The strengths of this study include using a population-based matched cohort design and a lengthy prediagnosis and postdiagnosis observation period relative to comparable studies. As with such studies that use administrative health data, it is possible that case identification via diagnosis codes and drug prescription data resulted in misclassification.71 It should be noted that income was not one of the five matched factors as individual-level income was not available in the administrative health data; it is possible that differences in health service use were partly due to income differences. Although this study excluded individuals living in permanent long-term care on the day of their index date, individuals living in permanent long-term care before or after this point were retained in the analysis. As persons with dementia were more likely than persons without dementia to be admitted to permanent long-term care after diagnosis, this may partly explain variations in service use. Also, it may be the case that service use differed among individuals who did not meet the study eligibility criteria. Sex and other sociodemographic stratification may provide further insight and is warranted, however, such comparisons were not included in this study given limited time and resources. As this study included the data of older adults living in Saskatchewan, Canada, the generalisability of our results is limited.
Our study found that differences in health service usage between older adults with dementia and those without dementia depended on the time of use relative to first diagnosis, as well as the health service in question. Overall, differences were greatest in the year before and year after diagnosis as persons with dementia had more FP and specialist visits, hospital admissions and drug prescriptions. This is a critical period with multiple opportunities to implement quality supports and establish effective coordinated care. Our research suggests that FPs were a mainstay of care in the years leading up to and following a dementia diagnosis, however, specialists were possibly underutilised in the years after diagnosis. FPs require high-quality training as well as the necessary resources and community services to provide appropriate care in the prediagnosis period and as the disease progresses. The COVID-19 pandemic recently exposed critical weaknesses in the Canadian healthcare system, particularly for persons with dementia,72 and these areas must be addressed to strengthen the system for the future.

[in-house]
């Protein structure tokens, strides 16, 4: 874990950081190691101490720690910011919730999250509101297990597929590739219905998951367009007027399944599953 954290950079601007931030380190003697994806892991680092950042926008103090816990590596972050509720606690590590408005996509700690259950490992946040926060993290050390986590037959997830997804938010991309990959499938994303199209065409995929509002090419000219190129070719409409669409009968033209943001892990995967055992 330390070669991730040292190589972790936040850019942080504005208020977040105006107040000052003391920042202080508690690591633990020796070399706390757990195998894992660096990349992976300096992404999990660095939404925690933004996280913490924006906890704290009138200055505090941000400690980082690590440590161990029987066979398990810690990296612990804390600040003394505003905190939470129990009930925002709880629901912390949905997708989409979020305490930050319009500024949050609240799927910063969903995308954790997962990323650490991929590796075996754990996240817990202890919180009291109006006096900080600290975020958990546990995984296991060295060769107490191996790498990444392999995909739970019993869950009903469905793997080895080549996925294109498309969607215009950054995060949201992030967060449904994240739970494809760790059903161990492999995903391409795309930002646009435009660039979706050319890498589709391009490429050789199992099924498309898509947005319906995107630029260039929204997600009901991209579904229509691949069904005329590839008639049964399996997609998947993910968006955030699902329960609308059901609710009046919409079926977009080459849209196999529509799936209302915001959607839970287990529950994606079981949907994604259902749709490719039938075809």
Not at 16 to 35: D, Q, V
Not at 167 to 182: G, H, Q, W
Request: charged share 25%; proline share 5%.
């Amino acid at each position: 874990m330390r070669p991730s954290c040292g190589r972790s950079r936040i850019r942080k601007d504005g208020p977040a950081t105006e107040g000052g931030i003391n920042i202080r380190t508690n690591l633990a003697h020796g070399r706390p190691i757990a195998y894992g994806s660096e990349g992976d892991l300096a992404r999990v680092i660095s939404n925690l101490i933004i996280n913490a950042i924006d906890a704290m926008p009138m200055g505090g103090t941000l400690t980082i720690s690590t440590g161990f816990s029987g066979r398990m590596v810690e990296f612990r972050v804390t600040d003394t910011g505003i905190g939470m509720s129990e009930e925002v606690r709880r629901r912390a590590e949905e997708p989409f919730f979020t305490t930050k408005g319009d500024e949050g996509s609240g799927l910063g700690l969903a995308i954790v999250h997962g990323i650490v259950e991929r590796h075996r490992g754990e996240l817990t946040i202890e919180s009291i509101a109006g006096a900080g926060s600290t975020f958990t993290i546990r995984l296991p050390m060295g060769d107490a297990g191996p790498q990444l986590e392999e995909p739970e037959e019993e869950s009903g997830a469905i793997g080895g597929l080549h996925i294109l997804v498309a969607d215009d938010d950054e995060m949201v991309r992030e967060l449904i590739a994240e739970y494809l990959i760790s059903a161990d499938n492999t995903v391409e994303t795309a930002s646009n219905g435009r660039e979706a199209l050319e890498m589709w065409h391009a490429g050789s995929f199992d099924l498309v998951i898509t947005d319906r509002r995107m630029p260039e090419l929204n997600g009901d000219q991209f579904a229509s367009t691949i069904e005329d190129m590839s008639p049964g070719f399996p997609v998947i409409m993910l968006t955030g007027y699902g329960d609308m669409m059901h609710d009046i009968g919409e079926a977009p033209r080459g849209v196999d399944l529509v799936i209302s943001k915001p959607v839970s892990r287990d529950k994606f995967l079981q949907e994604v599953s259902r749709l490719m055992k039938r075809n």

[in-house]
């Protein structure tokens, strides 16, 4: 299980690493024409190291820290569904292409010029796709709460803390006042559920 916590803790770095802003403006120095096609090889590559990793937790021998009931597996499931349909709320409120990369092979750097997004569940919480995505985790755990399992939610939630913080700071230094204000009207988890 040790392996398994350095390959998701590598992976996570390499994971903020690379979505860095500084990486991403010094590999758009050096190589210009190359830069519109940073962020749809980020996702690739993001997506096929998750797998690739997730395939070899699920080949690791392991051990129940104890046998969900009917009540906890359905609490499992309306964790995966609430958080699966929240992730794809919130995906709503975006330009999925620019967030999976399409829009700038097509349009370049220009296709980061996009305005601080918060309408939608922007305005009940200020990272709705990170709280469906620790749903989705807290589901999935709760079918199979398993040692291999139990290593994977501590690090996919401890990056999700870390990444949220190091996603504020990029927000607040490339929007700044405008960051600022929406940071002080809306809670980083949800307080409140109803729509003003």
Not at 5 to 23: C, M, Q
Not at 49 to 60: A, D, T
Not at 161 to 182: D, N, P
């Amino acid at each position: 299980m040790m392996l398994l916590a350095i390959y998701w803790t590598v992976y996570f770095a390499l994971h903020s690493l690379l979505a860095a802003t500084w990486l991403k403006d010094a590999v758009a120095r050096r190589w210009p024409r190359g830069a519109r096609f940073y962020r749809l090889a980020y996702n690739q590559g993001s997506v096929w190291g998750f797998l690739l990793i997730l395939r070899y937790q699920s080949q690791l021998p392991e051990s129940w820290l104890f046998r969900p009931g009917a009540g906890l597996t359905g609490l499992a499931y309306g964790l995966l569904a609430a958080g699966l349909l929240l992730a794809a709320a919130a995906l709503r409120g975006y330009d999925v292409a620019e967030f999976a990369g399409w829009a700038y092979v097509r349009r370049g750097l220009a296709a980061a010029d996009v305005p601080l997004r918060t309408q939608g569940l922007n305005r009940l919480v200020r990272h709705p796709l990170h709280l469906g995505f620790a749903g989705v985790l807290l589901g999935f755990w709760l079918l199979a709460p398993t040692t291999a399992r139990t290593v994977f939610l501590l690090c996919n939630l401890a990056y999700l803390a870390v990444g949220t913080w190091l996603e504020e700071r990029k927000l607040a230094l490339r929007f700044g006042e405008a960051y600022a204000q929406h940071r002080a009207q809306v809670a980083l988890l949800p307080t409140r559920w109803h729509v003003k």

Data availability statement
No data are available.
Patient consent for publication
This study involves human participants and was approved by University of Saskatchewan Biomedical Research Ethics Board (Bio 12-339).This study involved secondary data analysis of existing deidentified data. No individuals were contacted or recruited for study purposes.
This project was made possible by the support of Saskatchewan Health Quality Council leadership and staff. We are also grateful to Jagmeet Bajwa for data analysis contributions and to participants of the Annual Summit of the Knowledge Network in Rural and Remote Dementia Care for their feedback on preliminary findings.
Contributors JK, BAO, MO, JMQ and DM formed the research questions, designed the study, and wrote the first draft. BAO, JMQ, MO and NI performed the analyses. JK, BAO, MO, JMQ, NI, MEO, AK, NJS and DM contributed to interpreting the data, revised the manuscript, approved the final version, and agreed to be accountable for all aspects of the work in ensuring that questions related to the accuracy or integrity of any part of the work are appropriately investigated and resolved. JK acted as guarantor and accepts full responsibility for the work and/or conduct of the study and controlled the decision to publish.
Funding Funding for the study was provided by a Canadian Institutes of Health Research (CIHR) Foundation Grant to DM (grant number 148444) and the Canadian Consortium on Neurodegeneration in Aging (CCNA) which is supported by a grant from the Canadian Institutes of Health Research. Funding for CCNA Team 15 is provided by several partners including the Saskatchewan Health Research Foundation, the Alzheimer Society of Canada, and the Centre for Aging and Brain Health. BAO, JMQ and MO were employed by the Saskatchewan Health Quality Council which contributed, in-kind, portions of their time for this project.
Competing interests None declared.
Patient and public involvement Patients and/or the public were not involved in the design, or conduct, or reporting, or dissemination plans of this research.
Provenance and peer review Not commissioned; externally peer reviewed.